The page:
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When Tina Brown handed Graydon Carter the award for profile writing, those with long memories wondered about long-standing rumors of ill will. (Carter, who succeeded Brown at Vanity Fair, may have excerpted her Princess Diana book years later, but he also published a parody of it.)
Brown's successor at The New Yorker, David Remnick, accepting his one Ellie for General Excellence after leaving the ceremony empty-handed last year, remarked, "I kind of forgot what you're supposed to do."
As for Condé Nast Portfolio editor in chief Joanne Lipman, she received perhaps the biggest endorsement of the night. After accepting the magazine's award for best section, Advance Publications chairman S.I. Newhouse Jr. — who sat beside her throughout the ceremony — gave her a big hug as she returned to her seat.
At an after party at Porter House drawing top New Yorker and Portfolio staff, plus corporate brass, The New Yorker's Ellie eventually ended up on the floor in a corner — it was, after all, its 47th. Lipman, group president David Carey and publisher William Li dined on sliders and seafood, Landmarc and Stone Rose being already full of other after parties and nonaffiliated drinkers. People staffers, including managing editor Larry Hackett, gathered at the front bar of the restaurant.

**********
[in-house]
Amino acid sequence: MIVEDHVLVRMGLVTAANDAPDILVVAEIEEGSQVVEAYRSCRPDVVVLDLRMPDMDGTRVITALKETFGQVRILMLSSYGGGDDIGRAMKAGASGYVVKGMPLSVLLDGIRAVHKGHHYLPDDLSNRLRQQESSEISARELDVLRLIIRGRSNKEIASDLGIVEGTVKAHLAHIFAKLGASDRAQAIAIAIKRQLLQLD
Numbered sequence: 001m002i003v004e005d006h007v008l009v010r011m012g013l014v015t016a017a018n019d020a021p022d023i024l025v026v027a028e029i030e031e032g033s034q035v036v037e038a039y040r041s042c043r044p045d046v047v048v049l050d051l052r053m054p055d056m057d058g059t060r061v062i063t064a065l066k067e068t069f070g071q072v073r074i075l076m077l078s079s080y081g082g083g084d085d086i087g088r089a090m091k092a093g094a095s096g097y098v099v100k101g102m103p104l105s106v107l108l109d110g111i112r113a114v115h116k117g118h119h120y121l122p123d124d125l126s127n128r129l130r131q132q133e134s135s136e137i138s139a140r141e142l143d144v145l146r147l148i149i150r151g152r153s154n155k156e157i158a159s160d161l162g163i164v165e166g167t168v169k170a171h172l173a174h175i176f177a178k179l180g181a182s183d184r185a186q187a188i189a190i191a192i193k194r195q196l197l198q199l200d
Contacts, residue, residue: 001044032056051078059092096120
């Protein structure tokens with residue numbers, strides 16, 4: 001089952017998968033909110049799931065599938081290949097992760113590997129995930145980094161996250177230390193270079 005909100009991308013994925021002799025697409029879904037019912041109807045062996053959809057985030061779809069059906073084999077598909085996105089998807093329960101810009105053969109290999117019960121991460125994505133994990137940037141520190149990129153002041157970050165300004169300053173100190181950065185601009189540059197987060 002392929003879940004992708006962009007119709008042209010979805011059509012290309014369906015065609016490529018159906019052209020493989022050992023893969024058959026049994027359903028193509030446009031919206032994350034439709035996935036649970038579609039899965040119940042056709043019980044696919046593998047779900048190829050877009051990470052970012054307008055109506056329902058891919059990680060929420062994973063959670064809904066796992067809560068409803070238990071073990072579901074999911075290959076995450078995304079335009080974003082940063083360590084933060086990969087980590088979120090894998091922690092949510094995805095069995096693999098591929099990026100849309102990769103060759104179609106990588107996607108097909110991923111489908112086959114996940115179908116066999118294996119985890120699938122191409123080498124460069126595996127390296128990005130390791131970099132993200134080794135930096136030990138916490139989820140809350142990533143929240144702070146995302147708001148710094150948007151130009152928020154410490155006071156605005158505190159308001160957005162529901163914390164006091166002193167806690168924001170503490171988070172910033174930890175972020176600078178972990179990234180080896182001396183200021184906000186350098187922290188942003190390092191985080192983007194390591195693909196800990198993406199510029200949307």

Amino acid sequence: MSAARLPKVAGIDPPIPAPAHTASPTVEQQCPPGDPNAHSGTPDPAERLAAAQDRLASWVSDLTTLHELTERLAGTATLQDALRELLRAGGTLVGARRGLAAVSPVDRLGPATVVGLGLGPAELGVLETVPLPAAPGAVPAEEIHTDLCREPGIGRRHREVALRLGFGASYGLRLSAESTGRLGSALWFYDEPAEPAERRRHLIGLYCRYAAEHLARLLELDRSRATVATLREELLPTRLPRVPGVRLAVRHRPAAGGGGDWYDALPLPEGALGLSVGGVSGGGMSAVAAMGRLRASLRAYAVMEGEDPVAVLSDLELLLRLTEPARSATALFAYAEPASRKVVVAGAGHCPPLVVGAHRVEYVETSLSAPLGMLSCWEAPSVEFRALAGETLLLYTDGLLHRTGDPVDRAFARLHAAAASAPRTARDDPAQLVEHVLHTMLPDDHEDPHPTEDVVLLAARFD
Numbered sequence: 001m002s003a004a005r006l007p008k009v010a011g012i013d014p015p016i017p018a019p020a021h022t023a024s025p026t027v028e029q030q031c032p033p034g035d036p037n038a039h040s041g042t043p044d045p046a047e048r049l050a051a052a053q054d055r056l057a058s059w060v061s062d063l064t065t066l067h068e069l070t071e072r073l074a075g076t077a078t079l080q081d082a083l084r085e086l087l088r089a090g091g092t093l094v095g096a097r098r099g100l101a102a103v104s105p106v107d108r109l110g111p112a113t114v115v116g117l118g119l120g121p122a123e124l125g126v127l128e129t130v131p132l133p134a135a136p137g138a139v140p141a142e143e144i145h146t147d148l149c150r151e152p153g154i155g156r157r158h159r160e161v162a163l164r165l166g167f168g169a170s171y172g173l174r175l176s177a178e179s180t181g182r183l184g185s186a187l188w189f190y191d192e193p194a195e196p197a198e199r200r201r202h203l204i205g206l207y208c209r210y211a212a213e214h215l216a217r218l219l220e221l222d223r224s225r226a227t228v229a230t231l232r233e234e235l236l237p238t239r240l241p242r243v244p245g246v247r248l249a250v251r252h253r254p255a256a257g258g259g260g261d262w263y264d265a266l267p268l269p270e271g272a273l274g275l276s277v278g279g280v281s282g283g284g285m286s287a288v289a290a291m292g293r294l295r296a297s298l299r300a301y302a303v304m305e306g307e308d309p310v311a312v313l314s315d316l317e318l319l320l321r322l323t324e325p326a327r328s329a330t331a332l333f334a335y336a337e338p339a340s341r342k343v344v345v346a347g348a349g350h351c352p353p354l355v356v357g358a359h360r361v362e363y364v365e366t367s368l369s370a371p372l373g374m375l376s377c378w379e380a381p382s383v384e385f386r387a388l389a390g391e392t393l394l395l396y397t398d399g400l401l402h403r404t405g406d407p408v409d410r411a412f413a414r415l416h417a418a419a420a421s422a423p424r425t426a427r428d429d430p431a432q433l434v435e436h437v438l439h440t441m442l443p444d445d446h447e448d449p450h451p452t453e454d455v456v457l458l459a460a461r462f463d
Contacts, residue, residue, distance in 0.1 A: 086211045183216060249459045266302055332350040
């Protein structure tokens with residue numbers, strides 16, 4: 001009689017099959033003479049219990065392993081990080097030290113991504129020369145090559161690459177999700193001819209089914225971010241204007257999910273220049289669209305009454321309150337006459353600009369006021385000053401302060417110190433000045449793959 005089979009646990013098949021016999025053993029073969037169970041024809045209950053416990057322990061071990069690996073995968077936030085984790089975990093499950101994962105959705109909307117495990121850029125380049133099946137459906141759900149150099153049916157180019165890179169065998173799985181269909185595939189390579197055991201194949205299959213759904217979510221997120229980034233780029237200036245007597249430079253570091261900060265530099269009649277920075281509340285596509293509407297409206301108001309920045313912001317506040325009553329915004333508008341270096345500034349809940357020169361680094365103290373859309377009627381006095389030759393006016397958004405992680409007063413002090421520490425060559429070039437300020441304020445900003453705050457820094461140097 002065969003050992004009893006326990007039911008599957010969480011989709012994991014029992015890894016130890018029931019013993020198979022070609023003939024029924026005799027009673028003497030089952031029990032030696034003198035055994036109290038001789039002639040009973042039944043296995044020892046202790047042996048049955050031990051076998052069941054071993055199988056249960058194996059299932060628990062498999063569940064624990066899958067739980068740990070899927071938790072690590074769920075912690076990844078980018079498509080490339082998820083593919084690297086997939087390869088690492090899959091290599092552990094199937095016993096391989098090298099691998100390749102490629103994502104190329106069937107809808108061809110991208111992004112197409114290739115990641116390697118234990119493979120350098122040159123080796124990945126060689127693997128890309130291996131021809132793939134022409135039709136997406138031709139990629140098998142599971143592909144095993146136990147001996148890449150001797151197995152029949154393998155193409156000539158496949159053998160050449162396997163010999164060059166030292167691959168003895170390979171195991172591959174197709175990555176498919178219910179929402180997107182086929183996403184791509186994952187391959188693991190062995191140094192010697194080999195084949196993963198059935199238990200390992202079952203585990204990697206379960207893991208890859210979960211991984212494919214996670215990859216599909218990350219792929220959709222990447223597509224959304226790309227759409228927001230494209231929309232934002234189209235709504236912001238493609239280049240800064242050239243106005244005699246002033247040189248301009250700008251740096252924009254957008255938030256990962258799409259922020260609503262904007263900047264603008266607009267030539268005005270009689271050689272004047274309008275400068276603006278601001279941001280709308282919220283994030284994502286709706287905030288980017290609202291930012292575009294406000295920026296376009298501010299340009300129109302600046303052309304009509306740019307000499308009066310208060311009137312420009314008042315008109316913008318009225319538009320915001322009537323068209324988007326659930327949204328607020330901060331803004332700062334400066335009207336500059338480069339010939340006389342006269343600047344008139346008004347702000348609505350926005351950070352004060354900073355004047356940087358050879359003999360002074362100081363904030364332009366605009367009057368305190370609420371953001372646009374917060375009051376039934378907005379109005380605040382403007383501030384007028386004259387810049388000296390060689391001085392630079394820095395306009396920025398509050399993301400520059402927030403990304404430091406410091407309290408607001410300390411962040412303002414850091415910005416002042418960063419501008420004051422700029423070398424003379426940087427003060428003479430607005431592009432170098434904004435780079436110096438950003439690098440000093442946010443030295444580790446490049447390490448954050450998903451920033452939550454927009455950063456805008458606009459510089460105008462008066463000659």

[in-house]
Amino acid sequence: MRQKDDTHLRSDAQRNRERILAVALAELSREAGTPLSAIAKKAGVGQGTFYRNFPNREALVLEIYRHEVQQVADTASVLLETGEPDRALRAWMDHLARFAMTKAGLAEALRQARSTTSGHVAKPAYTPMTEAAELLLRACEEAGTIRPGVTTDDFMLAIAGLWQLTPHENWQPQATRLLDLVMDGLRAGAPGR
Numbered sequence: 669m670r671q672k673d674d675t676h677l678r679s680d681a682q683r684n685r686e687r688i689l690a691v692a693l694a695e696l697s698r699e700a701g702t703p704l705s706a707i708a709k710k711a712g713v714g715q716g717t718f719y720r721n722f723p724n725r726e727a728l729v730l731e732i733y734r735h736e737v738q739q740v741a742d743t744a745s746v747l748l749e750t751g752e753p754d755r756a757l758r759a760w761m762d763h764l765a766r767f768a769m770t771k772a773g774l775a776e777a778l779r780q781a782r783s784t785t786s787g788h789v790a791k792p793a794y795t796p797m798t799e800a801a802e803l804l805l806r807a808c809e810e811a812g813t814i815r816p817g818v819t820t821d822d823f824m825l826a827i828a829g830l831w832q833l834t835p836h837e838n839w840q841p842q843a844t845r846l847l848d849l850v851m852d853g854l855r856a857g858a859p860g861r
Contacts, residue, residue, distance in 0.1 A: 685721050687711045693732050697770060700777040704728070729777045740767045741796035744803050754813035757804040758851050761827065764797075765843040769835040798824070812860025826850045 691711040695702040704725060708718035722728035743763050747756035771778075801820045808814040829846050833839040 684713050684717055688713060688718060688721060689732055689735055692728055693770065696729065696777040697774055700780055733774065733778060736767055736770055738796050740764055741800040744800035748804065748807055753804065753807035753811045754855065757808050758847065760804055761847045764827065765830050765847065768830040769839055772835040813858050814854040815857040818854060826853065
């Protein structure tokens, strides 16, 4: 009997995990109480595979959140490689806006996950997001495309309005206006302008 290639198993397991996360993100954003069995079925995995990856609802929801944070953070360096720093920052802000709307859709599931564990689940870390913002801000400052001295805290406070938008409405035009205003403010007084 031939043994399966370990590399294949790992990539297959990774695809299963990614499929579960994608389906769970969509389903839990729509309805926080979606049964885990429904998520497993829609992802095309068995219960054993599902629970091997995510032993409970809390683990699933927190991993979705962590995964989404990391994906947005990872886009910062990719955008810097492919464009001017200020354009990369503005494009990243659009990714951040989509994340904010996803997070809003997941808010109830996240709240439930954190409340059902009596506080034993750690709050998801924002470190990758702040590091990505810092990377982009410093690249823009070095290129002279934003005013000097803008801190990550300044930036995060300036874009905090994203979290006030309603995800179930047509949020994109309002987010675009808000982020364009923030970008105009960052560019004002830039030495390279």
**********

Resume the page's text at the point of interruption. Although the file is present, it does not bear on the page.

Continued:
A few blocks north, Jim Nelson — who had partially dedicated his award to GQ's longtime editor in chief, the late Art Cooper — corralled his staff to a private room at Bar Boulud to celebrate GQ's win for General Excellence. The Ellie sat in a lit cubbyhole until the party broke up at 1 a.m., and the after-after party moved to the Emerald Inn. Upstairs at Bar Boulud, Gourmet toasted its win for photography, its third since 2004, and editor in chief Ruth Reichl had the Ellie as the centerpiece of the table. New York magazine celebrated its Ellie for Leisure Interests at The Spotted Pig, and the staff from National Geographic celebrated its relative sweep with Champagne and dumplings at Shun Lee. Their Ellies sat clustered in the middle of the table — until the food came.